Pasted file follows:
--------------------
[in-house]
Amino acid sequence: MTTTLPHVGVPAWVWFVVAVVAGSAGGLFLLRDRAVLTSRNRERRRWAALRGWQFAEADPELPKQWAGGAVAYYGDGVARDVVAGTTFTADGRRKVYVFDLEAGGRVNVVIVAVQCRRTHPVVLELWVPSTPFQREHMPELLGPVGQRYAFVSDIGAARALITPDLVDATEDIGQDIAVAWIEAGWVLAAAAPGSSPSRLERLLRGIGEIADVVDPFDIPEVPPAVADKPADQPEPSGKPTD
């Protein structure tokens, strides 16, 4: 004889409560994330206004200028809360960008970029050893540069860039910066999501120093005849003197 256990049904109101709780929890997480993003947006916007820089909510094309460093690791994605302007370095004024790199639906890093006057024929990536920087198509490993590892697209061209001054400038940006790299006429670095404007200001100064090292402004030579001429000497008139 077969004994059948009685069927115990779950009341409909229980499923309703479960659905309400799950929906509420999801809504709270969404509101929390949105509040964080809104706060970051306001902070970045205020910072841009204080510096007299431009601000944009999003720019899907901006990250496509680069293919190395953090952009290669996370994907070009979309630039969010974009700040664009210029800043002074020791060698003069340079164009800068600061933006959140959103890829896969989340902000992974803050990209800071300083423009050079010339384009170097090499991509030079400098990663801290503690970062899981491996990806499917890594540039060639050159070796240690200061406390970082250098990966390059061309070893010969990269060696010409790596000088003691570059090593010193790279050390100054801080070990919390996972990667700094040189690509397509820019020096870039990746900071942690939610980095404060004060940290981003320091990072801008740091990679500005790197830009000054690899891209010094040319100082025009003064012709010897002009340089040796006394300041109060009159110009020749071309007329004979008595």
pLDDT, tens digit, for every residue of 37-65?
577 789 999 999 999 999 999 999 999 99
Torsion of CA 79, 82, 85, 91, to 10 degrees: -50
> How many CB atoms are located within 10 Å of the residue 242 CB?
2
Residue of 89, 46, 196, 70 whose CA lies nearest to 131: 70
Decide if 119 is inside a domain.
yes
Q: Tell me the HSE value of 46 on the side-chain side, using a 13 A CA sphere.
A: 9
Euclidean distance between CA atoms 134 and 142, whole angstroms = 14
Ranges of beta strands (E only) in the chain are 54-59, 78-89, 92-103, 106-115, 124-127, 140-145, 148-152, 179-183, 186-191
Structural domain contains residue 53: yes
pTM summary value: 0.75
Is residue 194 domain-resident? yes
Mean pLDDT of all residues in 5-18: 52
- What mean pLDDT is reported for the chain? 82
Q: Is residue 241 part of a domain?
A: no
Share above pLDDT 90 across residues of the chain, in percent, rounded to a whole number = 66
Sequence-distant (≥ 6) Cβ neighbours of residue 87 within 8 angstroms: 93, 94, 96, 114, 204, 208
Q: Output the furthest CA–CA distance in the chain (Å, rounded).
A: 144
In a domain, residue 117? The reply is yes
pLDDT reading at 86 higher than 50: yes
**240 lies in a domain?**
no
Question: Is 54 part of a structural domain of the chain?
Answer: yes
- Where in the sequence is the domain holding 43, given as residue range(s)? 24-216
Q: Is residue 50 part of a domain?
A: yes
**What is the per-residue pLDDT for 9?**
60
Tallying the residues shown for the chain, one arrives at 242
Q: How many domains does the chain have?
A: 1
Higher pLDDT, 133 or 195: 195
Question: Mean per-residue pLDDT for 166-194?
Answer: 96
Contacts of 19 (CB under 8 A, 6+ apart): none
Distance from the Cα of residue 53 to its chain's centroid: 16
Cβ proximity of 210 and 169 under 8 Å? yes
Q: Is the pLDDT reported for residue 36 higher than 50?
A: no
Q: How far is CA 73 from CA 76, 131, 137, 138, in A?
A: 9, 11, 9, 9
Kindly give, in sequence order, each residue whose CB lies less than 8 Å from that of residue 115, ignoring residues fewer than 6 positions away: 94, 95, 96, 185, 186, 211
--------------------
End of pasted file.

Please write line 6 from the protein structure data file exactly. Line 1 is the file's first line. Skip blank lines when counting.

Torsion of CA 79, 82, 85, 91, to 10 degrees: -50